I’ll start by congratulating the Liberal party, Justin Trudeau, and all the MPs elected across the country - but what does a Liberal minority government mean for Canada’s housing market?
Before I jump into the Liberal housing promises, I want to point out that this win is kind of miraculous. Trudeau faced controversies that almost no other politician would have survived. What does this tell me? There was a real fear on the left that Canada would have a Conservative government. So much so that it seems like NDP voters may have voted red just to prevent a Conservative government.
But, I’m no political pundit. Let’s get into the Liberals’ promises to improve housing in Canada.
The First-Time Home Buyer Incentive
Earlier this year, the Liberals announced the FTHBI, and there was a lot of controversy surrounding it because it didn’t really help first-time buyers in Canada’s most expensive markets. During his campaign, Trudeau announced that if they won, the FTHBI’s maximum value of the mortgage would increase to $798,000 from $480,000, but only in the Greater Toronto Area, Vancouver, and Victoria, British Columbia.
The FTHBI is a shared equity mortgage through a partnership with the Canada Mortgage and Housing Corporation. The first-timer comes up with 5% to put down, then the CMHC will loan them 5% of the purchase price for a resale home, and 10% for a new construction home.
The CMHC says 2,000 buyers in Toronto
would have qualified under the current criteria if the incentive were available in 2018. Whether the FTHBI is actually a good deal for first-timers is yet to be determined.
When you pay back your loan, it’s interest-free, but you pay back 5% or 10% of the value of the home when it sells. That means if you spent money on home renovations and it increased the value of your home, then the CMHC will benefit from that, even though they didn’t help you with the renovations. But, that said, without the FTHBI, you may not have had the money to buy in the first place. Is it a fix-all? No. Will it help some people buy their first home? Yes. I don’t know any first-time buyers taking on over $700,000 in mortgage debt...but that’s another blog post.
In an effort to taper off foreign speculation, the Liberals have promised to implement a national vacancy tax for non-residents and non-Canadians. Vacancy tax is a scary term for some investors, but don’t worry, if you are a resident of Canada, it won’t apply to you. Though a vacancy tax has been a topic of discussion in Toronto, and it seems to be working in Vancouver. If the Liberals introduce their vacancy tax and it’s successful, perhaps municipalities will adopt the concept for local investors. I don’t like seeing homes sitting empty, so I think I would be okay with it.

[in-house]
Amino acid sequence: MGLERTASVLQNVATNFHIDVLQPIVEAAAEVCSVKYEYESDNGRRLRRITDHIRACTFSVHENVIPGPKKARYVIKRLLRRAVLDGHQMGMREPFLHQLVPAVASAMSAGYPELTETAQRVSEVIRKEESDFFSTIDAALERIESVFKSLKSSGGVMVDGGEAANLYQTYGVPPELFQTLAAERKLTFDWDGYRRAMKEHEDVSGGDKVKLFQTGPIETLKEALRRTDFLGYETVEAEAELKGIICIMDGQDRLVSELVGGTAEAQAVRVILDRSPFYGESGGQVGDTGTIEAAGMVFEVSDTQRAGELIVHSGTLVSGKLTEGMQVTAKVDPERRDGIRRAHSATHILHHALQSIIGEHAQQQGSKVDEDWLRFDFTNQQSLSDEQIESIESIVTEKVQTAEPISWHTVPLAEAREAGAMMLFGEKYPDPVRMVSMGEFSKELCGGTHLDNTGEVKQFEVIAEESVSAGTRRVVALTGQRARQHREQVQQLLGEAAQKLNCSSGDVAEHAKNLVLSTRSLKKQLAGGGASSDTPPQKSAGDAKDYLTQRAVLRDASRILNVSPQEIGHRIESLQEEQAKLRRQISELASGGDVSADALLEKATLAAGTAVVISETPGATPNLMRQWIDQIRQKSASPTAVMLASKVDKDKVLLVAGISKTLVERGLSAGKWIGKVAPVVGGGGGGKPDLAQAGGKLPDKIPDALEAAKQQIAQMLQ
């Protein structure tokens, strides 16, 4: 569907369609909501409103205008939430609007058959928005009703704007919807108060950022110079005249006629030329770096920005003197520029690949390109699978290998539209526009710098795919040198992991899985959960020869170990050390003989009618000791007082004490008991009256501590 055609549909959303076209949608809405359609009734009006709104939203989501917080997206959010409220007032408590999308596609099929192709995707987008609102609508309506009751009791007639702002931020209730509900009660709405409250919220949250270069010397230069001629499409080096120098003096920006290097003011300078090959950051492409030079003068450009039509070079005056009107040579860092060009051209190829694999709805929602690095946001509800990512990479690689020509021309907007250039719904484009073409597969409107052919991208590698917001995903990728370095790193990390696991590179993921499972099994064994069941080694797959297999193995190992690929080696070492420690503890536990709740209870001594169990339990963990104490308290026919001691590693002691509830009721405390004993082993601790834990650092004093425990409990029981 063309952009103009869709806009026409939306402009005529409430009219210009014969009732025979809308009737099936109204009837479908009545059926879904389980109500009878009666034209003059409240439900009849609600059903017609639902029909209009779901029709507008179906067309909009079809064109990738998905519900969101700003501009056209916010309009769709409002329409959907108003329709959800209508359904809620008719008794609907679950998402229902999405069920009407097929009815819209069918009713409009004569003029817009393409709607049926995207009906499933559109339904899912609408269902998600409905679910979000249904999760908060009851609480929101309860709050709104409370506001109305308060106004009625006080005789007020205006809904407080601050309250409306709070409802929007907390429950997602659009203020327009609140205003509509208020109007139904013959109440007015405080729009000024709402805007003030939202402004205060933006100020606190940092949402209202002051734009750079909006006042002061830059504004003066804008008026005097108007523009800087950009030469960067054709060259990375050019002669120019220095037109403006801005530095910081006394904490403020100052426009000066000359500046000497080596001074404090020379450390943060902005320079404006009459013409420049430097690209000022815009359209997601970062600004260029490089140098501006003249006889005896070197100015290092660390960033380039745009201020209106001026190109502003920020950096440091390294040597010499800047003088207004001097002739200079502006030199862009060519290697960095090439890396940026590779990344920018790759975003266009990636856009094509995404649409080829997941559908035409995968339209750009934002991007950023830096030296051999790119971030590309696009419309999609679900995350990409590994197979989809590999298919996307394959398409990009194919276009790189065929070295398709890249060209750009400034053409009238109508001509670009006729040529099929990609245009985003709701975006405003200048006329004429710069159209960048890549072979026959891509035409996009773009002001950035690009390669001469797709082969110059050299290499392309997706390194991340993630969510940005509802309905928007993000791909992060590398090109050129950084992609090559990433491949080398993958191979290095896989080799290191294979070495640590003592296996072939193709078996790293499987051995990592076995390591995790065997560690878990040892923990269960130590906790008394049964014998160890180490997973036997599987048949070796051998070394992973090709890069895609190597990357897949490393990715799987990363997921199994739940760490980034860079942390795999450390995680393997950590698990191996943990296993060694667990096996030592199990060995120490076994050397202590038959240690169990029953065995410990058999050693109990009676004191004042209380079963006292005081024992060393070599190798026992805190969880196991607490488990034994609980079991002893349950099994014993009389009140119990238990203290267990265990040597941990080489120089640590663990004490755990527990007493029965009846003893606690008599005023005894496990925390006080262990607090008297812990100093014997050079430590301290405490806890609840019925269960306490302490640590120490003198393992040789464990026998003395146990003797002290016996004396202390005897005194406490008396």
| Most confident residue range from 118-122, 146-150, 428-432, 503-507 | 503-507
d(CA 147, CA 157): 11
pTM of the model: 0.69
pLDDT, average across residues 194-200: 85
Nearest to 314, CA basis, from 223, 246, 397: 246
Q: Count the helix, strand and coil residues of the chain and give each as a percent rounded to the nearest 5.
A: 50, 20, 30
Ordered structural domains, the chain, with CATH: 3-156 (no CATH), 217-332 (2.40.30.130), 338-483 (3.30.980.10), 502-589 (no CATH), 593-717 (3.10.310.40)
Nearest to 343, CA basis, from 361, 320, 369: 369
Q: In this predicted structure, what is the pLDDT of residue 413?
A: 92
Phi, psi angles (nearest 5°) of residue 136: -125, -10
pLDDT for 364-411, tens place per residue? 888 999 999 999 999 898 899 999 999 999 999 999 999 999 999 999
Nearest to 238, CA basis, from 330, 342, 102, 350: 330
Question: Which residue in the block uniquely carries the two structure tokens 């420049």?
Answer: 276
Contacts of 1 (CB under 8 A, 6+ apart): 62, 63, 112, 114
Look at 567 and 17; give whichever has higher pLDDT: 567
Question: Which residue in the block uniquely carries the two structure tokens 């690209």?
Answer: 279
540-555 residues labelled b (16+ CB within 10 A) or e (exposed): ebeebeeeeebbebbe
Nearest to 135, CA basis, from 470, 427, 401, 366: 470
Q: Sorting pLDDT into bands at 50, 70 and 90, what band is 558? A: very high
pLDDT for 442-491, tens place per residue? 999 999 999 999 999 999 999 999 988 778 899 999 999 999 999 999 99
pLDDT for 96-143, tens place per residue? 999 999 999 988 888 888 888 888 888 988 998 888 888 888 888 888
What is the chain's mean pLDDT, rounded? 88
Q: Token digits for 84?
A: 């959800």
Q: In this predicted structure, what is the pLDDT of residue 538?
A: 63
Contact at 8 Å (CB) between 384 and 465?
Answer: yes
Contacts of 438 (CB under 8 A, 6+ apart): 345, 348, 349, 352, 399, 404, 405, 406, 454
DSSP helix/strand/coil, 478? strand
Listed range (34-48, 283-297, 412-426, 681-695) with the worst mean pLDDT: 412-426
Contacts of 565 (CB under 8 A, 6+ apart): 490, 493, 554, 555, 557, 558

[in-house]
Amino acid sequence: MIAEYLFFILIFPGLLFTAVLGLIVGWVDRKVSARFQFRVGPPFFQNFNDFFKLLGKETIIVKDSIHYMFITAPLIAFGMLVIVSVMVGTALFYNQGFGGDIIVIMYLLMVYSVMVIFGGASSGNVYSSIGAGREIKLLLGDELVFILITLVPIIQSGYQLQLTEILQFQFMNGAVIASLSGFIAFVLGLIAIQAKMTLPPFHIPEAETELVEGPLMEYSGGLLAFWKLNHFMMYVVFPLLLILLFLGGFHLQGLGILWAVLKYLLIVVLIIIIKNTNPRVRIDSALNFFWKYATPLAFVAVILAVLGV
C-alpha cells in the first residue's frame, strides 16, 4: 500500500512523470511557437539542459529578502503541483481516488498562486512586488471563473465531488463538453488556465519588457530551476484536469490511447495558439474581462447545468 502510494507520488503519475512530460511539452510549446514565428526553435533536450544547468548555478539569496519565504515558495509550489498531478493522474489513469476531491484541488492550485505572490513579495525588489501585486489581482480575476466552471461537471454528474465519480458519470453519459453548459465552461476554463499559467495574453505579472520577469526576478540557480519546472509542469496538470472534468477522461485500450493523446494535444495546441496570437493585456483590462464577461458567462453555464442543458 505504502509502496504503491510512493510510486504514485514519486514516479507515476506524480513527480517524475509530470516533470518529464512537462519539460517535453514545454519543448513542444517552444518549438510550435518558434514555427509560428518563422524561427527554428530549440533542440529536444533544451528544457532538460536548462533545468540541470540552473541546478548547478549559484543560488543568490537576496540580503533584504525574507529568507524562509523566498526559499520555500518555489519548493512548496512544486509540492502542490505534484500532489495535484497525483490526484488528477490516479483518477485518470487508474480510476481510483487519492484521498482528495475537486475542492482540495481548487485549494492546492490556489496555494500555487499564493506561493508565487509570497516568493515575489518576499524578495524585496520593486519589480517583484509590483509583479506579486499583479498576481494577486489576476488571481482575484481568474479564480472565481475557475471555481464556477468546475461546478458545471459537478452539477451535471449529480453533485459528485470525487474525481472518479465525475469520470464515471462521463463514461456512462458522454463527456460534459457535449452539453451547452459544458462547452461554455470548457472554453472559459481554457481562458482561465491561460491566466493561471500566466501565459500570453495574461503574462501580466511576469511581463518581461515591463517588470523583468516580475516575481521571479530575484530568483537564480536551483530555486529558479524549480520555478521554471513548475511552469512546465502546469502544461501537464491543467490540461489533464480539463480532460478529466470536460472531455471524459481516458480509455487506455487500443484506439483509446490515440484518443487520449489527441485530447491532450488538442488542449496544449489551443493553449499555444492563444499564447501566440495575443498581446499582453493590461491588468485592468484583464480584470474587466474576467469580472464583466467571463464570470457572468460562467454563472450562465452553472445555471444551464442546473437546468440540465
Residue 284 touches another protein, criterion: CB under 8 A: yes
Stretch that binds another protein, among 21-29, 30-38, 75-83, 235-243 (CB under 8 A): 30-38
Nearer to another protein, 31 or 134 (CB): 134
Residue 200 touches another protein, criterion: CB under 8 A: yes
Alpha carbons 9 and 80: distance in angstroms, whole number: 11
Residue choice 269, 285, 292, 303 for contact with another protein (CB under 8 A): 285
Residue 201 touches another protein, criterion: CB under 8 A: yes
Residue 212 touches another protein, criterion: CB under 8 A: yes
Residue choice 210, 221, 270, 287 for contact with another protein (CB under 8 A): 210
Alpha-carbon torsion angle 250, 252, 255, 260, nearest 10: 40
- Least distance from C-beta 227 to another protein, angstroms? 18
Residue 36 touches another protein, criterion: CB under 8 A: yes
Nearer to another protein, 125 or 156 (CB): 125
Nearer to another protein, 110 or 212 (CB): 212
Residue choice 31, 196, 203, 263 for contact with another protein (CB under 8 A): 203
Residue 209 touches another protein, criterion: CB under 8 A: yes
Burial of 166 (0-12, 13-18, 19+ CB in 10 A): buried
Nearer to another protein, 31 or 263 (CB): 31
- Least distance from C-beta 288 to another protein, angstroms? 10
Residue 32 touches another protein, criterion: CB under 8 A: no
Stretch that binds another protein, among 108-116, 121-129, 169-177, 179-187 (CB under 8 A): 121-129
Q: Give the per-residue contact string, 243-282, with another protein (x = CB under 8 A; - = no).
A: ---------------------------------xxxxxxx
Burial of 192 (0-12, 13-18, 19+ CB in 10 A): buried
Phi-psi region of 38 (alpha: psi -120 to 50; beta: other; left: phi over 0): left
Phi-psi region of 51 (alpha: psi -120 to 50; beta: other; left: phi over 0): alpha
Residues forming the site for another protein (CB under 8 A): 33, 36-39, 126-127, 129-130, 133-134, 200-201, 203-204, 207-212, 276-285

Retrofitting 1.5 million homes
Over the next five years, the Liberals hope to retrofit 1.5 million homes by offering free energy audits and interest-free loans of up to $40,000 to make home upgrades based on the energy audits. I like the idea, but I’d prefer if these were grants.
Net Zero Homes Grant
The Liberals want to create a Net Zero Homes Grant, which would pay out up to $5,000 for newly built homes that meet Net Zero standards. I like this idea too because I’m a fan of Net Zero homes, but this isn’t quite as ambitious as the NDP and Green Party Net Zero goals, which aimed for all new buildings to be Net Zero by 2030. I’d prefer if there was something in the middle, like the Grant is a good start, but I’d like to see a plan to move towards standardizing more energy efficient residential development.
Another thing to keep in mind is that the Liberals will likely be collaborating with the NDP on some initiatives, so perhaps some of the NDP’s housing ideas
will come to fruition.
From what I can tell, none of these housing promises will help create more supply. The vacancy tax might bring some properties to the resale and rental markets, but it won’t be a significant amount. The FTHBI has the 10% interest-free loan for new construction homes, higher than the resale loan amount, but this doesn’t help more homes get built, it just pushes more buyers to the new home market. This isn’t helpful if builders
can’t get through the approval process quick enough and have to deal with all sorts of construction delays.
If anything, these housing programs fuel demand and keep people in their homes longer, restricting supply. Unless a detailed plan is unveiled to help build more homes faster and on a national scale, then I predict home prices will continue to rise over the next few years.